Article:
The Star Early Edition

Breaking the cycle of inequality

- DR BETH VALE Applied anthropolo­gist, public health specialist, and social developmen­t consultant

SOUTH African teens are struggling in the mire of intergener­ational inequality – and we’re not doing enough to help them out of it, especially when it comes to supporting their school education journey.

That’s one of the clear messages from the recently released Inclusive Society Institute (ISI) report called “Understand­ing Youth Inequality”. The report, researched and written by Percept, offers a close, and sometimes uncomforta­ble, look at youth inequality in this country, recognisin­g that developmen­t is a cumulative and continuous process.

Any meaningful shift in the stark inequality will demand that we unlock the social and economic mobility of these youth. A quality high school education is one of the keys to that mobility.

Access to basic education has improved dramatical­ly in South Africa. By the early 1990s, the country had near-universal enrolment rates at primary school level. And yet, only 60% of young people in South Africa make it to Grade 12, and only 40% leave with a matric certificat­e. This is a major setback for young people, because the higher their levels of education, the more likely they are to find or create work.

Evidence suggests that tertiary qualificat­ions, in particular, exponentia­lly increase the chances of being employed. But without recognised school qualificat­ions, many young people will struggle to continue their education.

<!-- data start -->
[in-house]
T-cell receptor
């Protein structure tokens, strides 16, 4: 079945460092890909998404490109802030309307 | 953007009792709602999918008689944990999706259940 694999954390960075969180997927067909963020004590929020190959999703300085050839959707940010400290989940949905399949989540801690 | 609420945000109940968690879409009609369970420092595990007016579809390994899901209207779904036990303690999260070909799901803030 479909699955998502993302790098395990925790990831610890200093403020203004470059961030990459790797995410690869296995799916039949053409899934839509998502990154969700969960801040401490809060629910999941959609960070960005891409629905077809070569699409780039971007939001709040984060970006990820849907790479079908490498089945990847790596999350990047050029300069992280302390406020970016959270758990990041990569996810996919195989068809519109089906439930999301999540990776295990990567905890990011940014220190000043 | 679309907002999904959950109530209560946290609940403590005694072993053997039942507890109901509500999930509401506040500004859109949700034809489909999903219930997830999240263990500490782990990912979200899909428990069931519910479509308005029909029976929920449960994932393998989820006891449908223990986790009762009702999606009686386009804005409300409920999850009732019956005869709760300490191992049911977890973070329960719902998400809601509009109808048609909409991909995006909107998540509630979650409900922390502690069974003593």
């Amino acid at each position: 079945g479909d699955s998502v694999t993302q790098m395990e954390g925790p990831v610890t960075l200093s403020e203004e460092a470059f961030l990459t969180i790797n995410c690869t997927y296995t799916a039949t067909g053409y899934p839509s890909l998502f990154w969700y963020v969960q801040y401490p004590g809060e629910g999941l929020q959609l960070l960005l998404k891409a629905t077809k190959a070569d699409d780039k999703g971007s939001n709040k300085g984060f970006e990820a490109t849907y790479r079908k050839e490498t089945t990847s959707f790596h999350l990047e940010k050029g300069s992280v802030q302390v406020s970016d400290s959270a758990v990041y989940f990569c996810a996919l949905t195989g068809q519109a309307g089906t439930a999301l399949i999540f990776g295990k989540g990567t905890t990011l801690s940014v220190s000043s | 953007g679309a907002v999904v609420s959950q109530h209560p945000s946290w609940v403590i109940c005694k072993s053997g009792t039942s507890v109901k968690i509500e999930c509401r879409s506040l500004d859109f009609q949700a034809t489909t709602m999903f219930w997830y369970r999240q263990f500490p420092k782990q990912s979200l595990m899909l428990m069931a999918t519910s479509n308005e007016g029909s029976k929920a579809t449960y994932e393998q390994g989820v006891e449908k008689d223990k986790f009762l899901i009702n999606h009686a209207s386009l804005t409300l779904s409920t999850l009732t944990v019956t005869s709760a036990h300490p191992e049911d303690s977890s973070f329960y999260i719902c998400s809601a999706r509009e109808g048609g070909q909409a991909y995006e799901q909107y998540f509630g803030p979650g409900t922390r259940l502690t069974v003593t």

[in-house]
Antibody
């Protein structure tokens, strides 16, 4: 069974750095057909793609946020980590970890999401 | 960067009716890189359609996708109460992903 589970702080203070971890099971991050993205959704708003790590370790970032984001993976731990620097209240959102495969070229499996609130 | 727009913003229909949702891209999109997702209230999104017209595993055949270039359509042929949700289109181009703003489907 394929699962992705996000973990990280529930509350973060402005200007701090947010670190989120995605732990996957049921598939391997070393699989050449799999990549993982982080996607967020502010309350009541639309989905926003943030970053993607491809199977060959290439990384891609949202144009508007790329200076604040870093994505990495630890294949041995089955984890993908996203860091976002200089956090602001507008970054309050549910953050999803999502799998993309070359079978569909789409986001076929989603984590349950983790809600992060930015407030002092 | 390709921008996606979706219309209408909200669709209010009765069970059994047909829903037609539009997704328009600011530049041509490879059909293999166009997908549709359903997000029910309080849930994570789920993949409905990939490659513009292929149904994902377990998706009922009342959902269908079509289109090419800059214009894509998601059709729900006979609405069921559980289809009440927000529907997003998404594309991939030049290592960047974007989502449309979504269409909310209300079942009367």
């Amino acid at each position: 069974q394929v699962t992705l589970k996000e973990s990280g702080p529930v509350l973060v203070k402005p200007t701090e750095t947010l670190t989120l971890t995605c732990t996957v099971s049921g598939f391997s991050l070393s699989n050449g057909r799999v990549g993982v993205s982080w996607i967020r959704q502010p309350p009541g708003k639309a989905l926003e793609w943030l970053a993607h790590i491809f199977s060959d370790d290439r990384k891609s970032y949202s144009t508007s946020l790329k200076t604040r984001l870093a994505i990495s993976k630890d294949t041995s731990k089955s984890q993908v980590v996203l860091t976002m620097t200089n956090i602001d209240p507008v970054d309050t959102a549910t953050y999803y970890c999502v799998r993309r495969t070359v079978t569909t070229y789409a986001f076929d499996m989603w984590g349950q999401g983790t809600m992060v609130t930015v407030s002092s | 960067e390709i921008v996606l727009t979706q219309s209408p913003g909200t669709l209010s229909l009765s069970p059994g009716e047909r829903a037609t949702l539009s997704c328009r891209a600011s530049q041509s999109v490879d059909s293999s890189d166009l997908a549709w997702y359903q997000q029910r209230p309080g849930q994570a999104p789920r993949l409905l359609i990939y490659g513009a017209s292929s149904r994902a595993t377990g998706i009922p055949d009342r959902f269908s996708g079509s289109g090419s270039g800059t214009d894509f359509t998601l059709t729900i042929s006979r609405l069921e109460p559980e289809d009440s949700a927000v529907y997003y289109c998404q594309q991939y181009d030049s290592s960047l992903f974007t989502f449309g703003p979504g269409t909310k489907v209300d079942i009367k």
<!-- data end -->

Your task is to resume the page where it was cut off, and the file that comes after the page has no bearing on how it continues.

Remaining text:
Some researcher­s suggest that there are a few primary routes through which young people from low-income households can achieve social mobility and ultimately access the upper end of the labour market: (1) by attending either more-affluent schools or better-performing schools in poor communitie­s; (2) by performing well in Grade 12, despite being in a lower-quality school, and finding the resources to access university; or (3) by entering the labour market at the lower end and progressin­g upwards.

There are immense challenges entailed in all three paths: from undoing historic inequaliti­es in access to quality education, to reaching and passing matric, to gaining university access, to gaining any momentum in the labour market. On their journey towards quality jobs, most of South Africa’s young people face inordinate obstacles to success because, from a very early age, social, economic, political, and environmen­tal conditions are not stacked in their favour.

We need to be able to support, prepare and boost young people at key moments over their life-course, so that they approach adulthood ready to contribute to social, economic and civic life. And in doing so, escape longheld patterns of social exclusion and deprivatio­n.

We know that South Africa’s youth unemployme­nt rates are significan­tly affected by high levels of early school-leaving which translates into low access to post-secondary education, and ultimately higher levels of unemployme­nt.

But rather than being a once-off event, school dropout is a process, propelled by a range of multi-layered factors in young people’s schools, homes and communitie­s that serve to either push or pull them from school. School dropout usually comes after years of effort and grade repetition.

Researcher­s and campaigner­s - like Zero Dropout and Youth Capital, both of which are national campaigns working to change the odds for young people - are showing us the need to recognise dropout as a national problem. It’s one that demands urgent efforts at the school, community, provincial, and national level. They’ve identified five steps we can take to ensure adolescent­s are supported to stay in school.